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Hey everyone,

A friend of mine bought a 2006 Chevy Cobalt SS (n/a) a couple of days ago. She took it for a test drive, at which point the check engine light went on. Dealership tells her not to worry, they will have it fixed and ready for her to pickup the next day. When she got home from the used car dealership, a check engine light came on again. Used my scanner and found out its a p1174, fuel trim cylinder balance malfunction. We took it back to the used dealership, and talking to the mechanic we determined it was likely a vacuum leak or faulty O2 sensor.

They claim to fix it, fast forward a few days, and the light comes back on. Understandably, we are getting quite frustrated with having to go back and forth to get this issue sorted out, so here is my question:

What would be the best way to go about fixing this? I'm pretty good with fixing cars but she lives an hour away and obviously I dont want to fix the dealership's screw ups, so I would like to know the best way to explain to their mechanic that resetting the system or erasing the code clearly is not the way to fix it (as this is our third time having them "fix" it).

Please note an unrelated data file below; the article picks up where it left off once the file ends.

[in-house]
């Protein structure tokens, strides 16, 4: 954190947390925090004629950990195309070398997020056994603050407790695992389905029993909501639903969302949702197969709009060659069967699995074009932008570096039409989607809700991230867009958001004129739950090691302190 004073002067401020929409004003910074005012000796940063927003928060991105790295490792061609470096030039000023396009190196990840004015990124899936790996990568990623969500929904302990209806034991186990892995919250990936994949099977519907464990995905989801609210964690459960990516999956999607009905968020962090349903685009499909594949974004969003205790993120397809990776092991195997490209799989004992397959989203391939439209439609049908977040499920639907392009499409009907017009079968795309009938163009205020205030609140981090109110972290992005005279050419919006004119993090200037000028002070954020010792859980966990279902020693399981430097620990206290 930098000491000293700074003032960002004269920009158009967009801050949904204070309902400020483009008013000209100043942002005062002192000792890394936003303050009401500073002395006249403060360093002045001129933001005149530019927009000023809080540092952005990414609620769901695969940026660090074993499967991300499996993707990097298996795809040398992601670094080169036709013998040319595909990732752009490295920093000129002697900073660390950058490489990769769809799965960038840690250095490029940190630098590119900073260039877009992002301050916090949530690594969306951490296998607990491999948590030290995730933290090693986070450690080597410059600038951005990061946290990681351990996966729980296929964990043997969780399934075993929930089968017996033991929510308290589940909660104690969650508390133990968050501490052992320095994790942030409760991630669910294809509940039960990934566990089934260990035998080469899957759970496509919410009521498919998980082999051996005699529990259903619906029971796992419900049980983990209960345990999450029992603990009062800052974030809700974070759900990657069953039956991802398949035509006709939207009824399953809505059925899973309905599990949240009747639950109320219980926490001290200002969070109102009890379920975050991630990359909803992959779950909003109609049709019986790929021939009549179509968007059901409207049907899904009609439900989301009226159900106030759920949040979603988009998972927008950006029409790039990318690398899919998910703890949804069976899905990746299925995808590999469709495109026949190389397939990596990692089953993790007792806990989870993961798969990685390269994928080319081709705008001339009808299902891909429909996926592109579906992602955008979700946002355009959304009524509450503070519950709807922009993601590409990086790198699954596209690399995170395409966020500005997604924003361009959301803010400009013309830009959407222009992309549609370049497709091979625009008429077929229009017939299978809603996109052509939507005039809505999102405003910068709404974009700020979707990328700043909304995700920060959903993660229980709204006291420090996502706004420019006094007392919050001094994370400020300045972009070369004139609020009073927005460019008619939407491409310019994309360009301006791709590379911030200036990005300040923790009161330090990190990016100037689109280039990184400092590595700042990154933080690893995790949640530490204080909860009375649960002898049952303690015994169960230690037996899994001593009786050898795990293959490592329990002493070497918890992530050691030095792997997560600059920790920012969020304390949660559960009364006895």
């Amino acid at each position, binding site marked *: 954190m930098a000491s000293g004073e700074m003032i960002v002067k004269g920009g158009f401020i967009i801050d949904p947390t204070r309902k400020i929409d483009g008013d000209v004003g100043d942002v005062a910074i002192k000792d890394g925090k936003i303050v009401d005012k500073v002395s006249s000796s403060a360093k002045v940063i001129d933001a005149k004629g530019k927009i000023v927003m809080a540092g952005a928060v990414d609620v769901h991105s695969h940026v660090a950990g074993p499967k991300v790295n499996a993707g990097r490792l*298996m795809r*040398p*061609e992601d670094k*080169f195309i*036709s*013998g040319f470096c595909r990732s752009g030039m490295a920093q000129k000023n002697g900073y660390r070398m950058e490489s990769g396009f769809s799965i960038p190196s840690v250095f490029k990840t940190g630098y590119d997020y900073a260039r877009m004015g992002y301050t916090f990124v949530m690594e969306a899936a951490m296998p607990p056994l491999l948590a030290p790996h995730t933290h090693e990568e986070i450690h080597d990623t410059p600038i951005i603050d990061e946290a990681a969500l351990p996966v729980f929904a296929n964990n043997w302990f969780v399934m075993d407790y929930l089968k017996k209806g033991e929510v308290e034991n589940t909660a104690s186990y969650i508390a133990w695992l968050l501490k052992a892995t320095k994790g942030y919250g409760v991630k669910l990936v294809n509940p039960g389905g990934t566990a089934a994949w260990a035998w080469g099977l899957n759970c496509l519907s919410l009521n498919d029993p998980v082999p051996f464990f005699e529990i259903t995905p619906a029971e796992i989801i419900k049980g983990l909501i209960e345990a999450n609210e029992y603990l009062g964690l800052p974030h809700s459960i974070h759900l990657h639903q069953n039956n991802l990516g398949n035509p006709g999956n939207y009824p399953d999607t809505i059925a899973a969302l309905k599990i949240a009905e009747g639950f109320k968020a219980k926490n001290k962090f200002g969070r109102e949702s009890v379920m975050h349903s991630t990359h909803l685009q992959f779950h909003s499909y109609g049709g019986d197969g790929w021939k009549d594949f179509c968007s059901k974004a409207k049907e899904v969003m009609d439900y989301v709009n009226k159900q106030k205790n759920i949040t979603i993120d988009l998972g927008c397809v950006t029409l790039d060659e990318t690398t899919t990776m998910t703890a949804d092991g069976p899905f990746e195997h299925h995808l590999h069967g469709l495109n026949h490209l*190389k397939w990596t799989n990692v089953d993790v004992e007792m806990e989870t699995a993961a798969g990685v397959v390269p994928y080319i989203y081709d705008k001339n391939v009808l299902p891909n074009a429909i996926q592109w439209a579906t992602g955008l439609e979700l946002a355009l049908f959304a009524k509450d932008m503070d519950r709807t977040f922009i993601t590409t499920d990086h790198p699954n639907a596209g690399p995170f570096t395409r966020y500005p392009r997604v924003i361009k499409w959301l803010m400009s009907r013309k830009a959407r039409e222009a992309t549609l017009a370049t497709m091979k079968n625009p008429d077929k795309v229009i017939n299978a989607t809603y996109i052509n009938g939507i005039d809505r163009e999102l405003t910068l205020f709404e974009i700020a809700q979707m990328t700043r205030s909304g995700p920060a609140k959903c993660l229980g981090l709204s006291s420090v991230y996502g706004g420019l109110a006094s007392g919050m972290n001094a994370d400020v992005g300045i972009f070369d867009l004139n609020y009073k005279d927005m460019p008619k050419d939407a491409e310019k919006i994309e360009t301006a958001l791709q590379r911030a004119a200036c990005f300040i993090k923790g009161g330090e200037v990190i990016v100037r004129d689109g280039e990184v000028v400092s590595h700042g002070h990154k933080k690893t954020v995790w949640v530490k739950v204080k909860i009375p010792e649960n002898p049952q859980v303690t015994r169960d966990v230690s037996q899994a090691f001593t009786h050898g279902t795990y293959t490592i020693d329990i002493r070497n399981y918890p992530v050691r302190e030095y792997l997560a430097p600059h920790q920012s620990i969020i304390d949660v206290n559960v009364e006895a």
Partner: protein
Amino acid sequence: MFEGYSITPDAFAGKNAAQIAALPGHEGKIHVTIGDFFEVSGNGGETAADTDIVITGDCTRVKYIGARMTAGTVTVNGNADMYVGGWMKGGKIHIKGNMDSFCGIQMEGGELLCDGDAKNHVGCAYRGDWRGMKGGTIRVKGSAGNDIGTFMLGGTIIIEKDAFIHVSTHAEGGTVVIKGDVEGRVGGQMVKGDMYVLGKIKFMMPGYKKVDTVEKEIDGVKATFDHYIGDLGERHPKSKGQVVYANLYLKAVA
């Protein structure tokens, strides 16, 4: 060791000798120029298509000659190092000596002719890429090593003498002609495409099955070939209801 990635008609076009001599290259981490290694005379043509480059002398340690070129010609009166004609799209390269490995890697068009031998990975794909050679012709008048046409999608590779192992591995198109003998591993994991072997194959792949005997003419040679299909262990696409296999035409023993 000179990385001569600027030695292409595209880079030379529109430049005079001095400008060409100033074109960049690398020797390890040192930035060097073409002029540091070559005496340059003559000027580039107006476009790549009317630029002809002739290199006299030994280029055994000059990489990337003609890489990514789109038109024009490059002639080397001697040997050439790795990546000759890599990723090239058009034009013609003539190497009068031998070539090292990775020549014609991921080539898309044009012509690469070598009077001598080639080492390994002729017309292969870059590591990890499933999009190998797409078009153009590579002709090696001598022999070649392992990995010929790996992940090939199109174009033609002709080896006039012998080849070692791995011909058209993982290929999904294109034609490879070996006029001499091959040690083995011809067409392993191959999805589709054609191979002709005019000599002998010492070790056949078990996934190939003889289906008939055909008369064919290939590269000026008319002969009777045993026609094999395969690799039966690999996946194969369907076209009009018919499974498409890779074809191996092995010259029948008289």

Thanks,
Mike
 

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You might have a dirty injector, try some gas additive! Or a non OEM HO2 sensor.

From service manual...

DTC P1174: Fuel Trim Cylinder Balance
Circuit/System Description
The Fuel Trim Cylinder Balance diagnostic detects a rich or a lean cylinder-to-cylinder air/fuel ratio imbalance. The diagnostic monitors the pre-catalyst heated oxygen sensor (HO2S) signal's frequency and amplitude characteristics by calculating an accumulated voltage over a predetermined sample period. An imbalance is indicated when multiple samples of the accumulated voltage are consistently higher than the desired value.

Diagnostic Aids
• The Fuel Trim Cylinder Balance diagnostic is very sensitive to HO2S design. A non-OE sensor or an incorrect part number may set a false DTC.

• Monitoring the misfire current counters, or misfire graph, may help to isolate the cylinder that is causing the condition.
 
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